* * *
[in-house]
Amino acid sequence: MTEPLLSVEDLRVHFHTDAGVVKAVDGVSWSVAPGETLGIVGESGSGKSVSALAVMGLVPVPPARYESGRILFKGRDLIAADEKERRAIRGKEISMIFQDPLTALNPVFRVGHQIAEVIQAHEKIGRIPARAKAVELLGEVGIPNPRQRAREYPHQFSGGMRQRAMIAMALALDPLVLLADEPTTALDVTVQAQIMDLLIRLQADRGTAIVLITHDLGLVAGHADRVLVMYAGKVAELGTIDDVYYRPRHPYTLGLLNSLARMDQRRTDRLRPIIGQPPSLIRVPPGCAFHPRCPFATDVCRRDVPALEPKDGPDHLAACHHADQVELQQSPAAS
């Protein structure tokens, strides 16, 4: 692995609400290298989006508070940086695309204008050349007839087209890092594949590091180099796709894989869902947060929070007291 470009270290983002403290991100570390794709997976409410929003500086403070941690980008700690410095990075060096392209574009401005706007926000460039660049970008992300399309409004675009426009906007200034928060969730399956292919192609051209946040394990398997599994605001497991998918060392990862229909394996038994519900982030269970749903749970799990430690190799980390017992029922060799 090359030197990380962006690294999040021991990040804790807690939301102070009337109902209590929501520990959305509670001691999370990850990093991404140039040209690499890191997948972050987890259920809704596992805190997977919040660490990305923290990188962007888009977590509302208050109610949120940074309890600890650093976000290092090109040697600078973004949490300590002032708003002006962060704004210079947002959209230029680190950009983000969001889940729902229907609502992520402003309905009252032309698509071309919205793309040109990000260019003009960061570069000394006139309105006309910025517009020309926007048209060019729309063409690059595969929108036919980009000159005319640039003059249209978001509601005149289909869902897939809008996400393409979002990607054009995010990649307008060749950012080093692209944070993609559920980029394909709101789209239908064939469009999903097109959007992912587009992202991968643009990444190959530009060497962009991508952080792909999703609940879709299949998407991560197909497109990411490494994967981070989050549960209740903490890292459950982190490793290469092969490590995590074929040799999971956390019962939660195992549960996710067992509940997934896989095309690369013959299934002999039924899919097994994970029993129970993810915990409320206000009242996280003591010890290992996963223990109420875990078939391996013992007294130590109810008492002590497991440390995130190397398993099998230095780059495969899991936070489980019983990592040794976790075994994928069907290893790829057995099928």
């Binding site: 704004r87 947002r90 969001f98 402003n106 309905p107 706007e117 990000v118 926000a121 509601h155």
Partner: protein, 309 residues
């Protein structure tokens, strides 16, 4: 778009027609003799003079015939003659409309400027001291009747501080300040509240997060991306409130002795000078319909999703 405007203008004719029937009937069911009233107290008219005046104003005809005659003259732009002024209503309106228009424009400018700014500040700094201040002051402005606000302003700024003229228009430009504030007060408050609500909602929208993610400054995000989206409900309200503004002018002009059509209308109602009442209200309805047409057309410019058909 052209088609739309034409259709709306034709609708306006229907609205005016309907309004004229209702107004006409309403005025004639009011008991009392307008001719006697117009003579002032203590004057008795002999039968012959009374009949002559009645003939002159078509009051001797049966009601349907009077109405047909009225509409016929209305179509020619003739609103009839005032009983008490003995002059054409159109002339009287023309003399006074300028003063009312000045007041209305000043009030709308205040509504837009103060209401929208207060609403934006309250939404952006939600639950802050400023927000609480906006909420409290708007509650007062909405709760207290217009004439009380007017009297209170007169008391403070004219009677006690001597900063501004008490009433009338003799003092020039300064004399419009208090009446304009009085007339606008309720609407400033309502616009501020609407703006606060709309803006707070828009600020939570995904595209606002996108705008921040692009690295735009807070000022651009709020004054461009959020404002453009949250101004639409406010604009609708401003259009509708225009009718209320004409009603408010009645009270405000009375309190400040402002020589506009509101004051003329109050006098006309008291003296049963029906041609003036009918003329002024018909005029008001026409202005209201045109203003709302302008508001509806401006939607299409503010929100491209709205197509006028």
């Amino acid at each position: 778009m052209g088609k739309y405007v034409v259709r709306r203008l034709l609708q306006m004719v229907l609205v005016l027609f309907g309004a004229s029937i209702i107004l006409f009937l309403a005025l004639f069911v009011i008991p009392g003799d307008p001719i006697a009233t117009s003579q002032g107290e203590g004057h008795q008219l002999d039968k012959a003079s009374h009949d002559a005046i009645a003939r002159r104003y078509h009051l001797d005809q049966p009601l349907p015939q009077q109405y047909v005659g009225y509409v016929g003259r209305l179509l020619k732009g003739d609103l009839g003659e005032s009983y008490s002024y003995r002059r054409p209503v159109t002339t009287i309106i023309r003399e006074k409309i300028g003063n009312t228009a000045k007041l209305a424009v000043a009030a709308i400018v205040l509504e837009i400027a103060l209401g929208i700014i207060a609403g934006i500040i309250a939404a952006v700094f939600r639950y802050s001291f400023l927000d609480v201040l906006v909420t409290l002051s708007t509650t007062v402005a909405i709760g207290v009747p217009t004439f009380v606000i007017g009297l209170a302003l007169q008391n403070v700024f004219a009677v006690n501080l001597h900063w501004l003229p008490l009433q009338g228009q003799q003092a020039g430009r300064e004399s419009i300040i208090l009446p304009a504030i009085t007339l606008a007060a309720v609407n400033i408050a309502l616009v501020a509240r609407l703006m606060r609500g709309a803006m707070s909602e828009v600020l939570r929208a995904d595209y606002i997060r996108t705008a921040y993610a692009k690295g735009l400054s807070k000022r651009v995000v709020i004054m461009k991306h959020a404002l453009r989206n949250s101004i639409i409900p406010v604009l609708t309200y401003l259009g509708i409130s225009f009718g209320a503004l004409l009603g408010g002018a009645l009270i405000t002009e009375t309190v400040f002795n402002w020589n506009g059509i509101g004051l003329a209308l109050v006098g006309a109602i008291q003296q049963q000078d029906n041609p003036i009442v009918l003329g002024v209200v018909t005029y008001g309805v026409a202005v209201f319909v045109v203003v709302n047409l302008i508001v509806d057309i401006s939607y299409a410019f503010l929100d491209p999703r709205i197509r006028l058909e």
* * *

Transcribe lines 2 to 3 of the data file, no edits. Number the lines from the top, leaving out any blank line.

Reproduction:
Amino acid sequence: MTEPLLSVEDLRVHFHTDAGVVKAVDGVSWSVAPGETLGIVGESGSGKSVSALAVMGLVPVPPARYESGRILFKGRDLIAADEKERRAIRGKEISMIFQDPLTALNPVFRVGHQIAEVIQAHEKIGRIPARAKAVELLGEVGIPNPRQRAREYPHQFSGGMRQRAMIAMALALDPLVLLADEPTTALDVTVQAQIMDLLIRLQADRGTAIVLITHDLGLVAGHADRVLVMYAGKVAELGTIDDVYYRPRHPYTLGLLNSLARMDQRRTDRLRPIIGQPPSLIRVPPGCAFHPRCPFATDVCRRDVPALEPKDGPDHLAACHHADQVELQQSPAAS
């Protein structure tokens, strides 16, 4: 692995609400290298989006508070940086695309204008050349007839087209890092594949590091180099796709894989869902947060929070007291 470009270290983002403290991100570390794709997976409410929003500086403070941690980008700690410095990075060096392209574009401005706007926000460039660049970008992300399309409004675009426009906007200034928060969730399956292919192609051209946040394990398997599994605001497991998918060392990862229909394996038994519900982030269970749903749970799990430690190799980390017992029922060799 090359030197990380962006690294999040021991990040804790807690939301102070009337109902209590929501520990959305509670001691999370990850990093991404140039040209690499890191997948972050987890259920809704596992805190997977919040660490990305923290990188962007888009977590509302208050109610949120940074309890600890650093976000290092090109040697600078973004949490300590002032708003002006962060704004210079947002959209230029680190950009983000969001889940729902229907609502992520402003309905009252032309698509071309919205793309040109990000260019003009960061570069000394006139309105006309910025517009020309926007048209060019729309063409690059595969929108036919980009000159005319640039003059249209978001509601005149289909869902897939809008996400393409979002990607054009995010990649307008060749950012080093692209944070993609559920980029394909709101789209239908064939469009999903097109959007992912587009992202991968643009990444190959530009060497962009991508952080792909999703609940879709299949998407991560197909497109990411490494994967981070989050549960209740903490890292459950982190490793290469092969490590995590074929040799999971956390019962939660195992549960996710067992509940997934896989095309690369013959299934002999039924899919097994994970029993129970993810915990409320206000009242996280003591010890290992996963223990109420875990078939391996013992007294130590109810008492002590497991440390995130190397398993099998230095780059495969899991936070489980019983990592040794976790075994994928069907290893790829057995099928």